Companies are made up of what they build, borrow, and buy. On the software development front, Sonatype's tools help with two major issues: what you build (software) and borrow (open source code). But what about the things you buy? It's part of a wide umbrella in organizations known as "procurement," an area with an all-too-common lack of understanding and oversight.
A multi-part interview with Sonatype VP of Security Mike Griffin about this issue, starting with an introduction to the topic.
How are security and procurement connected?
Mike: First, think about partners or vendors and a technology or service. It's not much different than bringing on an employee or contractor. We've got to do background checks to help make sure they don't have a shady history. After all, you're not going to bring on a new CFO or someone in finance who has a history of fraud. Similarly, we want to avoid vendors who have poor security hygiene.
You want to make sure that the partners that you bring are healthy and have a track record of delivering on their promises.
Second, is what you're purchasing either a highly integrated technology or a service that hands over sensitive information? If so, it's important that the partner and solution together have been reviewed to make sure that we are going to get the quality we expect. That they're doing the right things with our data.
Just like a new hire, you're looking at abilities, experience, and knowledge. After all, if we hand them crucial customer data, we want to be sure that they're going to protect it equal to or better than we can.
Third, we also want to think about culture. Think about bringing on an employee that doesn't fit with our culture and doesn't fit with our values. The same thing goes with vendors, there are certain vendors out there, that you may not want to have a relationship with because they:
Have unclear or risky practices
Are difficult to work with
Have contracts that put you at risk
After all, signing up with vendors who say "we’re not liable for anything" with critical customer information is putting your organization at risk.
Whether you buy it or build it, it's important to make sure that you have a process that allows you to bring in to analyze the fit, form, and function.
Considerations like this also give you the opportunity when something new is proposed to pause and ask: "do we already have a service or a piece of technology that does this?"
What are the dangers?
When you have low-maturity procurement discipline, you may wind up with a no-technology-left-behind situation, without any kind of filter. Dangers here include orphaned systems, lack of sunsetting, overt complexity, and licensing problems.
Let's say an employee bought something, they use it once or for one specific thing. Yet it's still running and we're still paying for it. Who owns it? Orphaned tools and services like these lead to cybersecurity problems, unnecessary expense, and other types of risk.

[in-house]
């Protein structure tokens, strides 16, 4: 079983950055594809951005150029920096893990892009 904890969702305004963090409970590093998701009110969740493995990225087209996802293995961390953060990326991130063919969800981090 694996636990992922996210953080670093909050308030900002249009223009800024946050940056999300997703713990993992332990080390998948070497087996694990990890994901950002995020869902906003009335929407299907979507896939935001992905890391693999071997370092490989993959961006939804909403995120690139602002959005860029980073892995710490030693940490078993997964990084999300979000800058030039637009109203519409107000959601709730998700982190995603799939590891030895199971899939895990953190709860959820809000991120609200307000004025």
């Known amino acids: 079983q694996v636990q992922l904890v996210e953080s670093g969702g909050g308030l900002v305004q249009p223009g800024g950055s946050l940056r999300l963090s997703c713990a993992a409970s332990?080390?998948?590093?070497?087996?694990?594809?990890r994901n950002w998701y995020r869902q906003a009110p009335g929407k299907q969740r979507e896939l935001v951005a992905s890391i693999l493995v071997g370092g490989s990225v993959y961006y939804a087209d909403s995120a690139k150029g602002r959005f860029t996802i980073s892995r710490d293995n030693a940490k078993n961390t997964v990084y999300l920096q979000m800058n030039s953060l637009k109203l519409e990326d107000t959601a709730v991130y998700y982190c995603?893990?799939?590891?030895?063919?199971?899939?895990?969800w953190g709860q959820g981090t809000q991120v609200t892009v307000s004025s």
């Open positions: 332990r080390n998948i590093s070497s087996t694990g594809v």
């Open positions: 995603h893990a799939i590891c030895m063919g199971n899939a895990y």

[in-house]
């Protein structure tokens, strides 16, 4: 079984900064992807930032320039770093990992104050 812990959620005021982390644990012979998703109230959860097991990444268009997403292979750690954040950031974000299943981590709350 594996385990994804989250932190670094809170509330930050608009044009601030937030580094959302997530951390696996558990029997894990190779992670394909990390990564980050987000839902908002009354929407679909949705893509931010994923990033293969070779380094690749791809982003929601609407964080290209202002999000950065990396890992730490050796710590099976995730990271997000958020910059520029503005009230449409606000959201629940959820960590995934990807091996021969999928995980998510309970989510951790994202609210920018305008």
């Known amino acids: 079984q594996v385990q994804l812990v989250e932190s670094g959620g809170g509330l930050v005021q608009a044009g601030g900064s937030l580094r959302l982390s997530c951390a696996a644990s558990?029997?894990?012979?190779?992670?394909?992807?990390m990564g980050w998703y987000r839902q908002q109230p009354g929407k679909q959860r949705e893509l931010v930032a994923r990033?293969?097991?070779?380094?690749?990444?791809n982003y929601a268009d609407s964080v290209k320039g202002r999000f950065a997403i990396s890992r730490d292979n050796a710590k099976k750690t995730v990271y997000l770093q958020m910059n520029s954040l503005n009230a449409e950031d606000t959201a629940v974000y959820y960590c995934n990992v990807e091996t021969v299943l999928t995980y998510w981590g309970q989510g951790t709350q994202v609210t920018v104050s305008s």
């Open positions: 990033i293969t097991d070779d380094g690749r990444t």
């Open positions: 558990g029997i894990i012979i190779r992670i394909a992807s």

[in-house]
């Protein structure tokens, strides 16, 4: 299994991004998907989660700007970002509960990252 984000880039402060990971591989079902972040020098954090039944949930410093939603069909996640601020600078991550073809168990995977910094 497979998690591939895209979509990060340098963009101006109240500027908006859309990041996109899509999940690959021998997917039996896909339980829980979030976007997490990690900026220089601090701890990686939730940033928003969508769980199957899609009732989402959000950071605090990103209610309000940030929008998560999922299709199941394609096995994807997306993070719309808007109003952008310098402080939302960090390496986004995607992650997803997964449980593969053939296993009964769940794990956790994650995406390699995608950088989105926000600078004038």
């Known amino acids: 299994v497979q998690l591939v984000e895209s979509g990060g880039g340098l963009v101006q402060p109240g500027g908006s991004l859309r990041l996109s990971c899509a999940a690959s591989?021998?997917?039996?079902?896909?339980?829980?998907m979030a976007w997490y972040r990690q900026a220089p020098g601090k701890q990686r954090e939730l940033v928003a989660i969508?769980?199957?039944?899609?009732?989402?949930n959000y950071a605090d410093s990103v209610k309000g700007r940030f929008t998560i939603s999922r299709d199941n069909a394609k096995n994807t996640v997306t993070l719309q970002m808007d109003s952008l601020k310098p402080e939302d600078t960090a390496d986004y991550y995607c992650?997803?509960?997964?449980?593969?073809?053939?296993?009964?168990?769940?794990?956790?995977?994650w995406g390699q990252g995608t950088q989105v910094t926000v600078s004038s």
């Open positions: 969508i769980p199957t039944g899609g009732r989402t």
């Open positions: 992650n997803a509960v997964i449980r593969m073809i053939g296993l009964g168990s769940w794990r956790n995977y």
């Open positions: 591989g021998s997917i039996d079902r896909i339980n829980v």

Lack of sunsetting
Unused or outdated services without a system to take them offline can leave important information beyond your company borders. Important data left in the hands of that technology, vendor, or service leads to still more risk.
One form of technical debt is a tangled, unmanaged, and overlapping environment, or sprawl. This is because the more moving parts you have, the more you have to manage those vendors and solutions. All those mean more chances for issues to get lost in the confusion, more chances for error.
This last issue happens everywhere but especially in places where there's either no procurement system or the steps in place are too laborious. Developers for example will often go and grab an open source program and start using it without looking at legal obligations. Nothing against open source, but some have limits. Some free for use but not in a commercial environment.
You could have lawsuits as a result of the inappropriate licensing.
How does bad procurement create technical debt or rework?
Mike: There's a whole variety of different tech debt types out there and bad procurement can certainly contribute to the problem.
Sometimes staff will buy things that are used as a one-off or a temporary fix that ends up getting hard-wired into your process. Then, when you start trying to untangle these tools and services, you have to start asking hard questions like:
Who owns this?
What is this running?
Is this even necessary?
One direct example I've seen is finding a strange device in your server room or a networking device being held up by a cable that no one uses anymore. If you don't have a process that assigns ownership, you wind up orphaned equipment and services.
If there's no ownership, no monitoring.
Then one day maybe two years down the line, you see that someone bought this appliance, software, toolset, and no one knew. Even worse, sometimes it's running something that’s now critical to the organization.
Another issue is outdated software. As you dig into the tools and processes, it's common to find a service that hasn’t seen important upgrades. So rather than doing gradual, incremental, and regular updates to your devices and services, suddenly there are major updates?
Now the difficulty is compounded and multiple, major updates can take serious downtime and re-work. It can happen if no one is tasked with handling the service.
Consolidation is also tech debt. I've seen cases where there's no understanding of available tools, so you wind up buying five or six or seven technologies that all do the same thing, where I only need one.
In our next segment, we’ll talk through how companies can tackle bad procurement.